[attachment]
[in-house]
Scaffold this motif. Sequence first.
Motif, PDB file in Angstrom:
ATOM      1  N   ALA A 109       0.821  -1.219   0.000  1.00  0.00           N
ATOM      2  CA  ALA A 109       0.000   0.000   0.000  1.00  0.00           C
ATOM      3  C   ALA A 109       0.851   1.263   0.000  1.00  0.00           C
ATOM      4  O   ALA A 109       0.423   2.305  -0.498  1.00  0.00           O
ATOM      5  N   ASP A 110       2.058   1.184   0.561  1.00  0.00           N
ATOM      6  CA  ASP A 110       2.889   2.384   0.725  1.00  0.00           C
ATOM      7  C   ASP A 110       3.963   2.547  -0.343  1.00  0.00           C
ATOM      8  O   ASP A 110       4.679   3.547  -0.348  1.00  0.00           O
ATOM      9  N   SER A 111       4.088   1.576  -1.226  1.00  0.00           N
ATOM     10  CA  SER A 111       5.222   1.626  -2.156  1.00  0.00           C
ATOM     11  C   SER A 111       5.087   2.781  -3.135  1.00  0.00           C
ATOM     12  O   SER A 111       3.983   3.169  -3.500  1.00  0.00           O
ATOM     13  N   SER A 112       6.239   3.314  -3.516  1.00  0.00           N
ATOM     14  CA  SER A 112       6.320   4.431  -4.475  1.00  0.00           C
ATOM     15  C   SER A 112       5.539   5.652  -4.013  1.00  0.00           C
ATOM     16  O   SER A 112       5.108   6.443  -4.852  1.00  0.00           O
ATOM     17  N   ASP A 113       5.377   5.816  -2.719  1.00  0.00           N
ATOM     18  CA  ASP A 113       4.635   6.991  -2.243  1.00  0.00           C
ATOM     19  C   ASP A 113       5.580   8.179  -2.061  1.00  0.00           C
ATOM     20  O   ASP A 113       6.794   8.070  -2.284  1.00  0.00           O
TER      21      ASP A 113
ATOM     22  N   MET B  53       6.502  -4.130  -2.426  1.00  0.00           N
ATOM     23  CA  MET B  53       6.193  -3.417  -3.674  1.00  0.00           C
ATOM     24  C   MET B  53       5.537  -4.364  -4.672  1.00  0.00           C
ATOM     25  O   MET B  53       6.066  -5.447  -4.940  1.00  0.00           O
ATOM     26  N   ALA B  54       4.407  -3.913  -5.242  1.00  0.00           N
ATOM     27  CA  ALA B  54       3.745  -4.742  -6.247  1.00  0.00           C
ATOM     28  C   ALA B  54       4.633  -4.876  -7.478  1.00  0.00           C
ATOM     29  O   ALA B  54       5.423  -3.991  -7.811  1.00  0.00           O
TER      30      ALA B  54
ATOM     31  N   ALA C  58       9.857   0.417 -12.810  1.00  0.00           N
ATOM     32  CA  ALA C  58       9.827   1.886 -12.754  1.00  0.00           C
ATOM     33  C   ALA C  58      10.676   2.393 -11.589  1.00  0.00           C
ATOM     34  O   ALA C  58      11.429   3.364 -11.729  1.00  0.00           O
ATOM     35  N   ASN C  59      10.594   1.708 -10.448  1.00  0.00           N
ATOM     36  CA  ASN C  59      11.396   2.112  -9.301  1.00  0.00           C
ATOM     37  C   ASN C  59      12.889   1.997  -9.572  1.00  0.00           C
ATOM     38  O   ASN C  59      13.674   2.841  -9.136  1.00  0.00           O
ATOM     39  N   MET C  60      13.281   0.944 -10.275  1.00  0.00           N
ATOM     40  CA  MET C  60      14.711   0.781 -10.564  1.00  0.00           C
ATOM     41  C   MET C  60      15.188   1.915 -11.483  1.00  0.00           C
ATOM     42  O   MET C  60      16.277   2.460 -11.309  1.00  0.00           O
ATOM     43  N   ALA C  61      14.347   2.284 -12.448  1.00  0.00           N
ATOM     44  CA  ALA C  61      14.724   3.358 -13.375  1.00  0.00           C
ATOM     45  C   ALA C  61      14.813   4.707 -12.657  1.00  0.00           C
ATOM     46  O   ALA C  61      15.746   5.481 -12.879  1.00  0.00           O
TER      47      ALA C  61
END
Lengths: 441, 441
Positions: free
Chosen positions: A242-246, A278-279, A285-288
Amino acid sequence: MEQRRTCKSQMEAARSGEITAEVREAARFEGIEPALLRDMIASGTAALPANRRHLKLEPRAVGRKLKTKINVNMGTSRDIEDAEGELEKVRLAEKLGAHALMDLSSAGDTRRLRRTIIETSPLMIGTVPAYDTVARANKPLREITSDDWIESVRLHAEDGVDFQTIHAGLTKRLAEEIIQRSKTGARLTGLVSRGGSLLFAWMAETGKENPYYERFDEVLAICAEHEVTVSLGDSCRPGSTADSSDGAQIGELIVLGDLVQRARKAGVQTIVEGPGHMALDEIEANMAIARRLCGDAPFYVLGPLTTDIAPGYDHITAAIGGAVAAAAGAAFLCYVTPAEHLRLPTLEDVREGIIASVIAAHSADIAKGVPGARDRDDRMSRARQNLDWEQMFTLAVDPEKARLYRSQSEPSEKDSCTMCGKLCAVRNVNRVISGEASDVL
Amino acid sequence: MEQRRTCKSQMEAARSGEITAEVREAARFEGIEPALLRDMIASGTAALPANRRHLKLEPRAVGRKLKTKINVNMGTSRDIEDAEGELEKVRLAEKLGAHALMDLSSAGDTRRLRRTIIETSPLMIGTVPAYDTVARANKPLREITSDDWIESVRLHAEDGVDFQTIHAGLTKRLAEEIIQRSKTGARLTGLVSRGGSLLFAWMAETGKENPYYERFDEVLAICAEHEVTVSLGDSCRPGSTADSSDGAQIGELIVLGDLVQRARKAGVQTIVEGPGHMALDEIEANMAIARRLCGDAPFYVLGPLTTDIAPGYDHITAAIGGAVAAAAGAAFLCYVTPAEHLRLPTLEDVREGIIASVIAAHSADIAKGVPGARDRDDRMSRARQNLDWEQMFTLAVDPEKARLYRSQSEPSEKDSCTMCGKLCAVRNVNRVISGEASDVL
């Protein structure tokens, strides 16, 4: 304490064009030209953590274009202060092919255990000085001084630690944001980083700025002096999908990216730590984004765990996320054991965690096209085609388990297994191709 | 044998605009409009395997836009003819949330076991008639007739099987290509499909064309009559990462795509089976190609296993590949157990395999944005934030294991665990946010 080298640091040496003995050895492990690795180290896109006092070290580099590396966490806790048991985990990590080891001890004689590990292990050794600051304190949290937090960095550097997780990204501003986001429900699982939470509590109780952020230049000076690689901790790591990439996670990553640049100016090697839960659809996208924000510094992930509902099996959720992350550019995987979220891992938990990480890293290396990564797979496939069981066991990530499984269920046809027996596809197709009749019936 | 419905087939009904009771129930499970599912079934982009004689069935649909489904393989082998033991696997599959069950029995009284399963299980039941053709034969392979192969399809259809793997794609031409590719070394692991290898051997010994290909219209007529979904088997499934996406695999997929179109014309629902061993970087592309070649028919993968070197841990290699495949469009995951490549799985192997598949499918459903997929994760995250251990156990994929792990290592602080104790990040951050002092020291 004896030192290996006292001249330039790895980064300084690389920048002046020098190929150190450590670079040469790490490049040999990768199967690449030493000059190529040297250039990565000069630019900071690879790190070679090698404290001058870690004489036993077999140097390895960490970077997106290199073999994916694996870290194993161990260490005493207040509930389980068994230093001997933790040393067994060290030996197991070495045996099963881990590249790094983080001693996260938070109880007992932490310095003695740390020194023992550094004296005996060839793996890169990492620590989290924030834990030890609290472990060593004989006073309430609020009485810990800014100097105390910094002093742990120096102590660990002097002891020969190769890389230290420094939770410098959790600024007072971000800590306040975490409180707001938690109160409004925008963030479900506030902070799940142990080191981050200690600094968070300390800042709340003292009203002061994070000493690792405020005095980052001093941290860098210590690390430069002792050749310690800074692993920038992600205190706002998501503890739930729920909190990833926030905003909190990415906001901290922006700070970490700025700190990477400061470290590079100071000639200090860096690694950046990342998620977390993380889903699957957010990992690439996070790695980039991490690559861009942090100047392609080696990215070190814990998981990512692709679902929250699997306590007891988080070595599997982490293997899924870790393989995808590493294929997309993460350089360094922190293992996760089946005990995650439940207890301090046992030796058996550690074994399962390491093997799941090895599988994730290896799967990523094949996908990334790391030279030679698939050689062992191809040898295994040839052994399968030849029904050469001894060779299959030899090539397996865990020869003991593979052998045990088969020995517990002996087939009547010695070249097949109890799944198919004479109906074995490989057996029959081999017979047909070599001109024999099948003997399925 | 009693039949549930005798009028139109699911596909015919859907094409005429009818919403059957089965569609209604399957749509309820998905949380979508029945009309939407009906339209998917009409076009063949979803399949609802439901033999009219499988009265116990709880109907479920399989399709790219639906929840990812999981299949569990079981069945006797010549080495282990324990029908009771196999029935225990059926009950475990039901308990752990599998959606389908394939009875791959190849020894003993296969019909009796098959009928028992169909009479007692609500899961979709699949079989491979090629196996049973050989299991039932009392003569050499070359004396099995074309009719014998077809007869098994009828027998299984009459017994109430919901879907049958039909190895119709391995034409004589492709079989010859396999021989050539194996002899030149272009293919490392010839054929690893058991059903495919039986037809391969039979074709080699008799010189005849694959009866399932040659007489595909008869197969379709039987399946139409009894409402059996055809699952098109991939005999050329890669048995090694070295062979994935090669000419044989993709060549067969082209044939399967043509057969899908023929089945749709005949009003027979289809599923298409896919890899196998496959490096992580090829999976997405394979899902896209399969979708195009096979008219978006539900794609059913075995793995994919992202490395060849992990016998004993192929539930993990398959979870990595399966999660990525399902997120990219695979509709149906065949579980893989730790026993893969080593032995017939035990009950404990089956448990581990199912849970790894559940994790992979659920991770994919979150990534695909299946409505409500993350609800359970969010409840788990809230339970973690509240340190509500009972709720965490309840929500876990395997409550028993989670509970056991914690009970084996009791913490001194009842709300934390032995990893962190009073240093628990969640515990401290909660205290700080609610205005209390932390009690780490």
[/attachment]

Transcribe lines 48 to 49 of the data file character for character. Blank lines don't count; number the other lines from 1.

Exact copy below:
ATOM     45  C   ALA C  61      14.813   4.707 -12.657  1.00  0.00           C
ATOM     46  O   ALA C  61      15.746   5.481 -12.879  1.00  0.00           O